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Police, Protesters Face off in Renewed Clashes in Hong Kong

The 5-month-old anti-government movement took an increasingly violent turn on Tuesday, 12 November.

Published
World
2 min read
Police fired tear gas at protesters who littered streets with bricks and disrupted morning commutes. 
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Protesters in Hong Kong battled police on multiple fronts on Tuesday, 12 November, from major disruptions during the morning rush hour to a late-night standoff at a prominent university, as the 5-month-old anti-government movement takes an increasingly violent turn.

Gasoline bombs and fires lit up the night at the Chinese University of Hong Kong, while police massed for a possible clearing action with a water cannon truck.

It was the second straight day of weekday protests and followed an especially violent day Monday in which police shot one protester and a man was set on fire.

Protesters Block Commuter Rail System

As on Monday, 11 November the day began with protesters shutting down parts of the commuter rail system and blocking roads. Some people took more than two hours to get to work, while others stayed home.

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Bus tires were punctured and debris thrown on railway tracks. Police fired tear gas at protesters who littered roadways with bricks and anything else they could get their hands on — even merchandise still wrapped in plastic and tossed out from boxes.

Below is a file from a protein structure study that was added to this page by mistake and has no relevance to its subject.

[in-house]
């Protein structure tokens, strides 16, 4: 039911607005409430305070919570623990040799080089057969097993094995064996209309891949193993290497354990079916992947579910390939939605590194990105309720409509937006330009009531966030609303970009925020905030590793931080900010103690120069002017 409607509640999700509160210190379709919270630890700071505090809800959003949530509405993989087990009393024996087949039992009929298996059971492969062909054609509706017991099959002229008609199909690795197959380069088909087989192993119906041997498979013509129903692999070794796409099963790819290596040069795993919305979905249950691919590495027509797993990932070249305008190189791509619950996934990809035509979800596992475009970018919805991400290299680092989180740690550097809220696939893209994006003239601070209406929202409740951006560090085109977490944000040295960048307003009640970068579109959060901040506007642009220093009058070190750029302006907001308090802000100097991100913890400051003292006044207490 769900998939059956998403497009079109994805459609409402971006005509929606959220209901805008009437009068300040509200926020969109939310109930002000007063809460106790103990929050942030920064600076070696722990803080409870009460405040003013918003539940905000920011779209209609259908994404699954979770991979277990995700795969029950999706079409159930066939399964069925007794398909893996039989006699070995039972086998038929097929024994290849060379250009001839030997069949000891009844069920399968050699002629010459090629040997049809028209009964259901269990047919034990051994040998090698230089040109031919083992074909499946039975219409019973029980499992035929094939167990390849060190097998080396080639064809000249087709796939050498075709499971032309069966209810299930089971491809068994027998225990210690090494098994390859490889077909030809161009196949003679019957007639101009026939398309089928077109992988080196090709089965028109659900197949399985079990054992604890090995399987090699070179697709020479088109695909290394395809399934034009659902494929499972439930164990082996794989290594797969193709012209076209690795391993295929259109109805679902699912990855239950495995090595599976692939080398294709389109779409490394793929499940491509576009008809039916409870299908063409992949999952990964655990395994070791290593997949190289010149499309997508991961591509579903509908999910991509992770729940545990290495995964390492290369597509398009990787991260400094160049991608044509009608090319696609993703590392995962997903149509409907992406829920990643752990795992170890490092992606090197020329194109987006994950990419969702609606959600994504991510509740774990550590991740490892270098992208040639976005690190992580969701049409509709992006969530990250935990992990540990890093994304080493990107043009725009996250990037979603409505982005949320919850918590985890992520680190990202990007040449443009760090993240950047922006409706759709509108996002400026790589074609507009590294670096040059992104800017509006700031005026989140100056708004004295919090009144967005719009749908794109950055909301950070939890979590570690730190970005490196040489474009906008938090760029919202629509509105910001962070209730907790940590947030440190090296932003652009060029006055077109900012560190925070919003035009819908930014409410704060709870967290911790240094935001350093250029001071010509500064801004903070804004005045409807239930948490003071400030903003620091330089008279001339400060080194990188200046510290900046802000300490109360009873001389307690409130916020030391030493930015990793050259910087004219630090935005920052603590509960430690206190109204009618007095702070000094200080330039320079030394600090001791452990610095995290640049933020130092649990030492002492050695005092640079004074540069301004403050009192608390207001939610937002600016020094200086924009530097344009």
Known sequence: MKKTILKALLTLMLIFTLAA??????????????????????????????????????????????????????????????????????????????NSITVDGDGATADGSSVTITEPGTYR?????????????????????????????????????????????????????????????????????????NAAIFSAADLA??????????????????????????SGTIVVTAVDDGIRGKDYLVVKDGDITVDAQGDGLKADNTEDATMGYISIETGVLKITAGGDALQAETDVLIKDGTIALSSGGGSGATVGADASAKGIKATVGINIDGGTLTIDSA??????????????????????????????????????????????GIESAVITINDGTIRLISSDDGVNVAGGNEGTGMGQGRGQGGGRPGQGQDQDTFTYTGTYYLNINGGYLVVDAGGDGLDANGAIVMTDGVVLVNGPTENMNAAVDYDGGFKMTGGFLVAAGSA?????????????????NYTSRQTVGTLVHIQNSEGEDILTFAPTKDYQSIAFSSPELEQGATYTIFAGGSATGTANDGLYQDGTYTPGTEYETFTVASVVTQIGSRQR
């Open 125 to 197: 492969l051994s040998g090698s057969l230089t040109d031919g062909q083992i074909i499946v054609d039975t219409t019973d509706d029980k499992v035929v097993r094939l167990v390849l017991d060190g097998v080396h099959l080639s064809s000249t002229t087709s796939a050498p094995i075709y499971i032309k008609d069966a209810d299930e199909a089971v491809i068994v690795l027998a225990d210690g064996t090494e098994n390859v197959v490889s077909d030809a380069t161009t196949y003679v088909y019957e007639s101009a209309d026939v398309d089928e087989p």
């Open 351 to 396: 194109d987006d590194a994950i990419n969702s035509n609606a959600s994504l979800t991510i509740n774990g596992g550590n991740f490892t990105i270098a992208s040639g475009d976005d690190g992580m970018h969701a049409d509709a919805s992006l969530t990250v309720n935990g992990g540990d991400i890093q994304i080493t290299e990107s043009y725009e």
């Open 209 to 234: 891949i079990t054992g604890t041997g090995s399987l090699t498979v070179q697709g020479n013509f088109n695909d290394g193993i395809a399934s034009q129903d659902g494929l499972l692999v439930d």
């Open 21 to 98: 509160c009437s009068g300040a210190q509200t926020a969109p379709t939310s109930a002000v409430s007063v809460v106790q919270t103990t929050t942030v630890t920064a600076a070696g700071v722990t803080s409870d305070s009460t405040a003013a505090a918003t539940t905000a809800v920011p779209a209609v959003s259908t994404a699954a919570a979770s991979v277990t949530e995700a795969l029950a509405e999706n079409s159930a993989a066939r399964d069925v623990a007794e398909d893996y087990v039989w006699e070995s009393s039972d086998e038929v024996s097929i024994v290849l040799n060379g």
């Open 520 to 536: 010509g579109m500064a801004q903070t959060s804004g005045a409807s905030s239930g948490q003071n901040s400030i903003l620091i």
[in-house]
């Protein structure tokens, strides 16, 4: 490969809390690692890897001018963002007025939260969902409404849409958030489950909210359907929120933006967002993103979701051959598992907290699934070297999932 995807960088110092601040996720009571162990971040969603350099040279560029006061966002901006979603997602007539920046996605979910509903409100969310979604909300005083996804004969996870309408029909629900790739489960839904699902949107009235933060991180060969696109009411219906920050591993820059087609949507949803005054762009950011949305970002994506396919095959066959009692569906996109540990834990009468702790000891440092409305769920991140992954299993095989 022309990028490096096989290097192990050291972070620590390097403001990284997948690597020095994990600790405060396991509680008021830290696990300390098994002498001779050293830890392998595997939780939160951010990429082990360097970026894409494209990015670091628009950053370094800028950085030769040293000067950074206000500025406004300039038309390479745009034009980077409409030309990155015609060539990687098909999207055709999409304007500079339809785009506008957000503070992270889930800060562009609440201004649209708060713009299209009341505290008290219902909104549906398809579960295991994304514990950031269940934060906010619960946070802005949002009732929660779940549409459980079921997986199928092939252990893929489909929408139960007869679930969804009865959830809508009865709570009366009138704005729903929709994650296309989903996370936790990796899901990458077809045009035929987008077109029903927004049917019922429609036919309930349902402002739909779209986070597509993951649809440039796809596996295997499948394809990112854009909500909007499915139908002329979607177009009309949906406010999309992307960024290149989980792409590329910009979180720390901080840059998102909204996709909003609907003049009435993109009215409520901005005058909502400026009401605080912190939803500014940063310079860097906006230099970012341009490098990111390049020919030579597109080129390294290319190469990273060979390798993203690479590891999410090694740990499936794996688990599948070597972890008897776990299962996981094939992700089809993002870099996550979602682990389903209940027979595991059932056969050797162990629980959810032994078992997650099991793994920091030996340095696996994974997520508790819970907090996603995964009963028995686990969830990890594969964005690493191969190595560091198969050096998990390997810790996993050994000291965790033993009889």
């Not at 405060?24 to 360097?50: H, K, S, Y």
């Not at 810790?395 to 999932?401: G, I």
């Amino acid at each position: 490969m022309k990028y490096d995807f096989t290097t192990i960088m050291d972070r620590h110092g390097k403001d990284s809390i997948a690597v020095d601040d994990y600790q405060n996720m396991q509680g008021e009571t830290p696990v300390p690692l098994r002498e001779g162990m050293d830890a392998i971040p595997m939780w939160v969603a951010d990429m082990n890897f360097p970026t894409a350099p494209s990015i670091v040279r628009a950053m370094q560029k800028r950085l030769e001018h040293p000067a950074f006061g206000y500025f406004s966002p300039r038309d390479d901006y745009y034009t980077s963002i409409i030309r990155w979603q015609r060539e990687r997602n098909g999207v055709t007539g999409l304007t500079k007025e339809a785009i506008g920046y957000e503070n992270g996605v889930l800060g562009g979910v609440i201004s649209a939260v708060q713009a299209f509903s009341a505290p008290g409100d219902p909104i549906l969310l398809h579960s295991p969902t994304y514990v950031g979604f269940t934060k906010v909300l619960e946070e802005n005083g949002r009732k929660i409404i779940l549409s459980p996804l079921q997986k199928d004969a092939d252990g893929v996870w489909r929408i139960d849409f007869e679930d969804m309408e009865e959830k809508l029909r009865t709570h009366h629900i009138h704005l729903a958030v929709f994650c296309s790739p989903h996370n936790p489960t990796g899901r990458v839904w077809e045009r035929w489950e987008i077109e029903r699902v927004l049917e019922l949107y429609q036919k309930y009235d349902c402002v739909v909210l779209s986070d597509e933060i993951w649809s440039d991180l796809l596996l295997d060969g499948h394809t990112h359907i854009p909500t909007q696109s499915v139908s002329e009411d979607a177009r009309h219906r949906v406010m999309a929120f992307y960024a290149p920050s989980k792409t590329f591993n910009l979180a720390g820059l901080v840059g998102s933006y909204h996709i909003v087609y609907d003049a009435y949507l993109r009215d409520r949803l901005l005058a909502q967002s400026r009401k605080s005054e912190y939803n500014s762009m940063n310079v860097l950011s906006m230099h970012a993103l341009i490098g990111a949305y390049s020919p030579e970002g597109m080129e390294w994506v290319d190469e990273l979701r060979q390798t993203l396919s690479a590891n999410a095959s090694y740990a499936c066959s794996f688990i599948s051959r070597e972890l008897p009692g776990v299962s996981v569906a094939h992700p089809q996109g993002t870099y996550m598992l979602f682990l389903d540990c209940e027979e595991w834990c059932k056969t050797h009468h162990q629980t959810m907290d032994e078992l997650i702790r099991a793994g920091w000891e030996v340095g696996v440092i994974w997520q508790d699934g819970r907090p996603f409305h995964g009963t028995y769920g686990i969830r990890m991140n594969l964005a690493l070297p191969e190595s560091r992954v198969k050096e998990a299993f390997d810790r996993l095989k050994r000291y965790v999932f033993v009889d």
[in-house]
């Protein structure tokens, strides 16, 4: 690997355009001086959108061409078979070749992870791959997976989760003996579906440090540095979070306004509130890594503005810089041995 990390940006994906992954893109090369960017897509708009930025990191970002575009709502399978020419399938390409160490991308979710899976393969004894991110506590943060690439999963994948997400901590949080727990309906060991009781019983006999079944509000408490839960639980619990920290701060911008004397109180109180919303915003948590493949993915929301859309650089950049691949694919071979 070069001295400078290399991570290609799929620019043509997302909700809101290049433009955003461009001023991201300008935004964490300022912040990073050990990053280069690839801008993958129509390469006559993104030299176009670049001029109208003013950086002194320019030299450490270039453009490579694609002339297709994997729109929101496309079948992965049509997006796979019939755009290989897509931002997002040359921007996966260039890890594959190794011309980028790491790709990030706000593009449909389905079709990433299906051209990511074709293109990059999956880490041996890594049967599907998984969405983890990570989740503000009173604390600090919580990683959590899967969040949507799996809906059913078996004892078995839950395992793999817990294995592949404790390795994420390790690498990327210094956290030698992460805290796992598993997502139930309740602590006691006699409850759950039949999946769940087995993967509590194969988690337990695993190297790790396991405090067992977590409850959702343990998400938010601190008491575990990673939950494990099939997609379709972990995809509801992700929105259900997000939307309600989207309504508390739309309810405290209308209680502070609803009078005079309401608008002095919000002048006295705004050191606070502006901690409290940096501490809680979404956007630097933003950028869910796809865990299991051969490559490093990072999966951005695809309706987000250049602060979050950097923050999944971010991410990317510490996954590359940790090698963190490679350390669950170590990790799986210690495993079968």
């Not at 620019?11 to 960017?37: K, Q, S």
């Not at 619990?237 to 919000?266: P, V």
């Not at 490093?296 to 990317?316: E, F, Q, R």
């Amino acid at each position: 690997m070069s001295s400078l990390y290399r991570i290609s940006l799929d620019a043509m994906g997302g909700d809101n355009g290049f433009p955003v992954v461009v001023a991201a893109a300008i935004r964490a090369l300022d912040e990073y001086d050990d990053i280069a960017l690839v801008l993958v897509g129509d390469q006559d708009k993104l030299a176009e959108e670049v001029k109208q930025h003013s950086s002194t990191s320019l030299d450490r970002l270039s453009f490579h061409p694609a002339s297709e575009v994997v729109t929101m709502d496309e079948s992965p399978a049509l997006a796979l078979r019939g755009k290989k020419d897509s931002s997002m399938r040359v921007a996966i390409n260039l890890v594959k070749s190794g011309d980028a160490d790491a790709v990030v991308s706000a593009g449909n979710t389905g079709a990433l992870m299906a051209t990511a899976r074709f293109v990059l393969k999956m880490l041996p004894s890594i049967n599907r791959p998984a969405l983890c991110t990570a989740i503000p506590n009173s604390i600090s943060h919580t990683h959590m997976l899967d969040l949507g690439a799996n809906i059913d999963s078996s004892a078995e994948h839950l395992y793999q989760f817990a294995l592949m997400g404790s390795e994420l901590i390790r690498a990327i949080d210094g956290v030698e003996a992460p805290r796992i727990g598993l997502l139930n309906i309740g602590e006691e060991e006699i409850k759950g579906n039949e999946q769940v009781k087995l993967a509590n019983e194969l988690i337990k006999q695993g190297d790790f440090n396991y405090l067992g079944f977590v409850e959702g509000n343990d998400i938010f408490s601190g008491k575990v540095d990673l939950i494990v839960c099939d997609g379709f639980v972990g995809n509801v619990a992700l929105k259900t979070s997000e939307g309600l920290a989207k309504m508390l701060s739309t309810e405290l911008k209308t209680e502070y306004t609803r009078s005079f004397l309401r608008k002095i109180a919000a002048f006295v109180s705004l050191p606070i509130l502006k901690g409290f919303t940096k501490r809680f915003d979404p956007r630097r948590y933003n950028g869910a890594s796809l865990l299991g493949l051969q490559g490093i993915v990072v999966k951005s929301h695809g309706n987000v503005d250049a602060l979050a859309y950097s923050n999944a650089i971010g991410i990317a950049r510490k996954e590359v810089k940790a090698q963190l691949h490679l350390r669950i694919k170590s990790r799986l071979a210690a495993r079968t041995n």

Commuters got off one stopped train and were escorted on foot along the tracks.

Blocking Transport a Very Selfish Act, Says Carrie Lam

Hong Kong leader Carrie Lam, speaking to news media after a weekly meeting with advisers, called the blocking of the morning commute ‘a very selfish act’.

"People from different sectors in society are holding fast to their positions and refusing to concede to violence or other radical actions," she said. "I hereby express my gratitude to those who are still going to work and school today."

Many office workers turned out in support of the protesters, who rallied for a second day on Pedder Street in Central, a business and high-end shopping district.

Many office workers turned out in support of the protesters, who rallied for a second day on Pedder Street in Central, a business and high-end shopping district.

A few thousand people took over several blocks, chanting "Five demands, not one less" while holding up one hand with five outstretched fingers. Their demands include democratic changes and an independent investigation of police treatment of protesters.

Police Used Tear Gas to Disperse Protesters

Police fired tear gas to disperse protesters and onlookers who were hurling abuse at the officers. At least one person was injured when he was struck on the head by a tear gas canister. But protesters returned by evening and were again blocking roads with bricks and commandeered buses.

Protests ebbed and flowed all day at several universities. Classes were canceled, and clashes were particularly intense at the Chinese University of Hong Kong.

Scores of officers charged onto the campus after firing tear gas, arresting student protesters who tried to block their way with makeshift barricades, including a burning car.

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